This week, as it is Valentines Day, it seemed the perfect time to examine a popular pleasure resort from years gone by. Sydney had many pleasure resorts, including beaches, parks and gardens. One of these was White City at Rushcutters Bay.
White City was probably most famous as a tennis venue, built in 1922 and home to the New South Wales Championship (now known as The Sydney International, though it is not played at White City today). The stadium also hosted some of the Davis Cup tournaments during the 1950s and 1960s. However, it did not start its life as a tennis centre.
The White City site was originally market gardens but in 1913 Cosens Spencer, a well known film entrepreneur, established White City Amusement Park on the site. The name was not only a derivative of the famous London Theme Park, but referred to the white buildings constructed from timber, overlaid with chicken wire and plaster. The park was designed and built by T.H. Eslick, the man responsible for the design and construction of the famous St Kilda Luna Park in Melbourne.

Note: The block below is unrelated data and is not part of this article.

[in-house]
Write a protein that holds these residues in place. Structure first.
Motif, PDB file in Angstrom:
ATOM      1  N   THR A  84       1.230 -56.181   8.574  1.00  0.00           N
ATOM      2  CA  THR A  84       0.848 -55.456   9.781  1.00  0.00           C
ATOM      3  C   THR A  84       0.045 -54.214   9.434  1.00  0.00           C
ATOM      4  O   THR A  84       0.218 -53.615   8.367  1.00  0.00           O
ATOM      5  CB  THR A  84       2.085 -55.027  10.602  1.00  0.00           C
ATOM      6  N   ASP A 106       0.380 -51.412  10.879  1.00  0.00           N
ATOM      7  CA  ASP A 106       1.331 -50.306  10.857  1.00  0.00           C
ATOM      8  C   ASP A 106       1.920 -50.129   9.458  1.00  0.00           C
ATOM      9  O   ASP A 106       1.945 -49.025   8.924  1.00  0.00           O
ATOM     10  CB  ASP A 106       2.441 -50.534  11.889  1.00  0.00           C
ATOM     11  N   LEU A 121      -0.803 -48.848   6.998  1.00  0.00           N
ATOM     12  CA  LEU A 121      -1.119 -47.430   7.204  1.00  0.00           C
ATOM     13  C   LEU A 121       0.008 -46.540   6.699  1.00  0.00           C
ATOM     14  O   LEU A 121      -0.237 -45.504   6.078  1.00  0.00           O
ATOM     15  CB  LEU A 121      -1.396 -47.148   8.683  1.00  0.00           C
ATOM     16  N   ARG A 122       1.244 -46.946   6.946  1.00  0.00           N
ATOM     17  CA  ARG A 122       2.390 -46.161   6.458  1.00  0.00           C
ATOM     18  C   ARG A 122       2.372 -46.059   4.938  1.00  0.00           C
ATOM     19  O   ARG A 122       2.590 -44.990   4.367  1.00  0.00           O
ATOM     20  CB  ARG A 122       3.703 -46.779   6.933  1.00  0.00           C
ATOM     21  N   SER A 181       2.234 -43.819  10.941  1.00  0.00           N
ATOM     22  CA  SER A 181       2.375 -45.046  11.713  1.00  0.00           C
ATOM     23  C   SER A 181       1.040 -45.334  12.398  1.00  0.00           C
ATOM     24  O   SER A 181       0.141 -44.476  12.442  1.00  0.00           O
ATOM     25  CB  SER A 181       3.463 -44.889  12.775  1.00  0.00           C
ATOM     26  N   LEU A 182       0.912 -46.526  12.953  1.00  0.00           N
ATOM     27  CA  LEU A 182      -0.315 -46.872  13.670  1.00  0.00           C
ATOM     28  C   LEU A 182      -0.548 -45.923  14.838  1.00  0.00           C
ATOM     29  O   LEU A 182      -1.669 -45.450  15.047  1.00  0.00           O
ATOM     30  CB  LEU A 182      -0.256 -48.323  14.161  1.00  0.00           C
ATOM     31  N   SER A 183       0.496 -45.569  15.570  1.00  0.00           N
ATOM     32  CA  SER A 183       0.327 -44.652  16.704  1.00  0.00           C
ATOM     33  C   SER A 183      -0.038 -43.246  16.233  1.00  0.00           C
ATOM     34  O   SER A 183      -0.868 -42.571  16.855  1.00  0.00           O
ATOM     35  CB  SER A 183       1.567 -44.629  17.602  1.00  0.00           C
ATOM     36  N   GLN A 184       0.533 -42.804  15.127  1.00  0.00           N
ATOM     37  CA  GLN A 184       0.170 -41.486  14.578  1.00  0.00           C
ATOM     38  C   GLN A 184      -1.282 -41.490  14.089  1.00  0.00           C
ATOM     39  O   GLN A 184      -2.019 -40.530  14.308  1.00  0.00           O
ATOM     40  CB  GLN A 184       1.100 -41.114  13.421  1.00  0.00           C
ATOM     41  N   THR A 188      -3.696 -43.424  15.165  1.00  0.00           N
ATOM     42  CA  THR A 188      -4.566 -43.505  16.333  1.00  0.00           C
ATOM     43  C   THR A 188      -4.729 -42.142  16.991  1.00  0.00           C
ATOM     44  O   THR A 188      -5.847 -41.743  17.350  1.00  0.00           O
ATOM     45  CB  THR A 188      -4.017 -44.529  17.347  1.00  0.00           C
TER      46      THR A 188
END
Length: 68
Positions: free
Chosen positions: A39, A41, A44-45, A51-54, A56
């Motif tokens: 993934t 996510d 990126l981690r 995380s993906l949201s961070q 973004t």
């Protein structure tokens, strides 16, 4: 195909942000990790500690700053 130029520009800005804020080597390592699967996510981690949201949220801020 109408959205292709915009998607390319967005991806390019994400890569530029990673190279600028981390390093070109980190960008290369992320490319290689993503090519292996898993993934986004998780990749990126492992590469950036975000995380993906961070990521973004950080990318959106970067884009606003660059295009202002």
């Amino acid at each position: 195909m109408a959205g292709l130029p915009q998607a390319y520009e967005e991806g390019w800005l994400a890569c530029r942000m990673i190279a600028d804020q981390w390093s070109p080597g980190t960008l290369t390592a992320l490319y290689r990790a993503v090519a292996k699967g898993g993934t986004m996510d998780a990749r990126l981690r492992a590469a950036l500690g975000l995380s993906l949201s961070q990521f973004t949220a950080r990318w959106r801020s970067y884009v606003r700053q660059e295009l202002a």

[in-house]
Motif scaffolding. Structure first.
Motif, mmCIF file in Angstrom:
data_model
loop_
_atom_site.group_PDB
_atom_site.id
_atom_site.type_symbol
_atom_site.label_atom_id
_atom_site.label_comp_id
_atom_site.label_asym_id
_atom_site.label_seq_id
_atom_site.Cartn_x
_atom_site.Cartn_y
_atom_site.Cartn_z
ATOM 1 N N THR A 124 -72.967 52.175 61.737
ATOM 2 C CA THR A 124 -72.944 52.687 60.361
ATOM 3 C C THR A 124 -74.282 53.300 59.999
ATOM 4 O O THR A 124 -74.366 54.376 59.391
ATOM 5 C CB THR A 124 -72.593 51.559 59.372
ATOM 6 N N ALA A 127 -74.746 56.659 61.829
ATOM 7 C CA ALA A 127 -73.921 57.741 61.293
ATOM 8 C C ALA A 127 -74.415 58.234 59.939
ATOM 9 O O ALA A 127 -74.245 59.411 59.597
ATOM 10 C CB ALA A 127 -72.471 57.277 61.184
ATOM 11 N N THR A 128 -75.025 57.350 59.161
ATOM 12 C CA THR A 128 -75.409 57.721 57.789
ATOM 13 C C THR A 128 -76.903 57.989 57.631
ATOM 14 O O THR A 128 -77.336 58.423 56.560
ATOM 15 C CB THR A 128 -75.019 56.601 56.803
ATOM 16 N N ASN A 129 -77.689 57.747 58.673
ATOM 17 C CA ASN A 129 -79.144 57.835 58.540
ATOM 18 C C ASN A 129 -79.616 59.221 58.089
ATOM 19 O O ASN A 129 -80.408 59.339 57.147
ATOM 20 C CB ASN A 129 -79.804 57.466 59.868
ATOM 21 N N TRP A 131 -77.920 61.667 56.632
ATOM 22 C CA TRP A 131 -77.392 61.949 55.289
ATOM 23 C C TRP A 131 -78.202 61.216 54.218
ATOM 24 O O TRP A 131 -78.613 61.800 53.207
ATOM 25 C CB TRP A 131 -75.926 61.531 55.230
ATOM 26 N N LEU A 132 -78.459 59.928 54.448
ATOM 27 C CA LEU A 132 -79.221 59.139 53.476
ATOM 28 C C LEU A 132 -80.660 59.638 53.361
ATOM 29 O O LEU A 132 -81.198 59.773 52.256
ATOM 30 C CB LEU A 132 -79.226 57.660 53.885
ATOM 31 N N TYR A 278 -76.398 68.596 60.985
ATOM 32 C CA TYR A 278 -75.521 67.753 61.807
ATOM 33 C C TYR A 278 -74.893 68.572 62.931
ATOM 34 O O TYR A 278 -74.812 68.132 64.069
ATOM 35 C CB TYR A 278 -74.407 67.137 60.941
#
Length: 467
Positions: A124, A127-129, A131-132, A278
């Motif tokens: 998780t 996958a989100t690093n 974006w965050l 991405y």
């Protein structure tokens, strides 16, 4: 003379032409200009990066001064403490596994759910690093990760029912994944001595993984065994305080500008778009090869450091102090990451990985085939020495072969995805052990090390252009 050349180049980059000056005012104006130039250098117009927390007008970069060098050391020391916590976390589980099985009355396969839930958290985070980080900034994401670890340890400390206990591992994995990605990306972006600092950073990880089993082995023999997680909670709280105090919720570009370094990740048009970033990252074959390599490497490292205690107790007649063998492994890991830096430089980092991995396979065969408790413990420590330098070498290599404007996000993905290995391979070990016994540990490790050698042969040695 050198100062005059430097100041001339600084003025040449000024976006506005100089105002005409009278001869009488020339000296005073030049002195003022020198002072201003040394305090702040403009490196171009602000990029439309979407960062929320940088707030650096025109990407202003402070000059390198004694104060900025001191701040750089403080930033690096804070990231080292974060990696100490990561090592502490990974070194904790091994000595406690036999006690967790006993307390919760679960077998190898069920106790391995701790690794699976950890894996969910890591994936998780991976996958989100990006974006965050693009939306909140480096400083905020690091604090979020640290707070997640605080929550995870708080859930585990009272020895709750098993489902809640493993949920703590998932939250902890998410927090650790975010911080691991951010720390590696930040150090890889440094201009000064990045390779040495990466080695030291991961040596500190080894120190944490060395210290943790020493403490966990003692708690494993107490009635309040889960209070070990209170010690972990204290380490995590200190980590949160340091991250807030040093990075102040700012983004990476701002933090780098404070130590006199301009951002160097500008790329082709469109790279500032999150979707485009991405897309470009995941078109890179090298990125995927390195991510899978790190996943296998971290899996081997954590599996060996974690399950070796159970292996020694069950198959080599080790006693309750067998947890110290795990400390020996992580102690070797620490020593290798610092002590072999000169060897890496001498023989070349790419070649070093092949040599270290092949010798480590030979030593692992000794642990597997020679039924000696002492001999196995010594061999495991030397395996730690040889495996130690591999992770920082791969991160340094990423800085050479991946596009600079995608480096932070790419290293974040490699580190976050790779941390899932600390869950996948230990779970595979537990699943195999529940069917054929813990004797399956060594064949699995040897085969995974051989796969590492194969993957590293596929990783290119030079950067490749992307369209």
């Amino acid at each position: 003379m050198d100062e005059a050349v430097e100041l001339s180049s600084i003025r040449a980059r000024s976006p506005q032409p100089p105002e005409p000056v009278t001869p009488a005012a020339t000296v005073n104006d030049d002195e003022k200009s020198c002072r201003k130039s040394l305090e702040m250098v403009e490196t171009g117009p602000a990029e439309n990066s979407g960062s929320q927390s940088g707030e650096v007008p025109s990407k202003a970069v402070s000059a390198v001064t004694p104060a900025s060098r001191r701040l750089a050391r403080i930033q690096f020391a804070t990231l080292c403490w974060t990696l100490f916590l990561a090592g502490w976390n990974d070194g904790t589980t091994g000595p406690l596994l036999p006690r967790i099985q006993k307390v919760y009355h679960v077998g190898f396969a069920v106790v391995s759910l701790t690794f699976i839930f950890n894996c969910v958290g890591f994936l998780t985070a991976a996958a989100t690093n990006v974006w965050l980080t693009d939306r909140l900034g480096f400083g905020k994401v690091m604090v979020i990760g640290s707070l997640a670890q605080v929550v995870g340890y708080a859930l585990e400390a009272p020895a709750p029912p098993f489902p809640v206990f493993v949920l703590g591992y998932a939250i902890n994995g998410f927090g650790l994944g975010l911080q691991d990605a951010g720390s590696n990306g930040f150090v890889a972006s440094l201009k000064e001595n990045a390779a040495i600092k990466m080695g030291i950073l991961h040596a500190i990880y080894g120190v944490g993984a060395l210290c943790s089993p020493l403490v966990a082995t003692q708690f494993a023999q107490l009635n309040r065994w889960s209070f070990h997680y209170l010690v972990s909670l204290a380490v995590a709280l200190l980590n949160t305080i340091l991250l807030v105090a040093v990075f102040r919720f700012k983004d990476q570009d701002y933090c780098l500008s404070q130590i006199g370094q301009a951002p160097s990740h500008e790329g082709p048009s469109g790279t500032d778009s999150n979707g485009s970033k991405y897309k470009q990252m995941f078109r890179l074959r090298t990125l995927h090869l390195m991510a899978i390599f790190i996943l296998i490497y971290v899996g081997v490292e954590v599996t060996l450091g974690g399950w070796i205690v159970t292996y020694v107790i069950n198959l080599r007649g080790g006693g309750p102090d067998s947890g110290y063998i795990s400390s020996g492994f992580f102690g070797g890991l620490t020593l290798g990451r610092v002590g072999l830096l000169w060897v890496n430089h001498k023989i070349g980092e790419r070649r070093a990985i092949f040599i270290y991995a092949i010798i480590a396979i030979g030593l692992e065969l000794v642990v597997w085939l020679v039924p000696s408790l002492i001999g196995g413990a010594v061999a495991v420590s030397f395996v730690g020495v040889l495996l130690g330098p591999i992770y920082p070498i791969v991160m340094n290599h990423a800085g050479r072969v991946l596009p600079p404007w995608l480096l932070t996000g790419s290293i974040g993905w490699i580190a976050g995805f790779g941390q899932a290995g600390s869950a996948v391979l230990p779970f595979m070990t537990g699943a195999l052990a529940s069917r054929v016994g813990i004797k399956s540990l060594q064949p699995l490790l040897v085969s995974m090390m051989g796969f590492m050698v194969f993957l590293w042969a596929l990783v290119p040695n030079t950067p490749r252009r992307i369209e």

The amusement park included a fun fair, music hall, ballroom and fairground, as well as what was termed ‘seasonal entertainment’. Among the many attractions there were a Japanese Village, giant carousel, fun factory and scenic railway. White City was very popular but in 1917 tragedy struck when lightening hit and started a fire which destroyed the amusement park. The next year White City Limited went into liquidation and all the remaining assets were sold.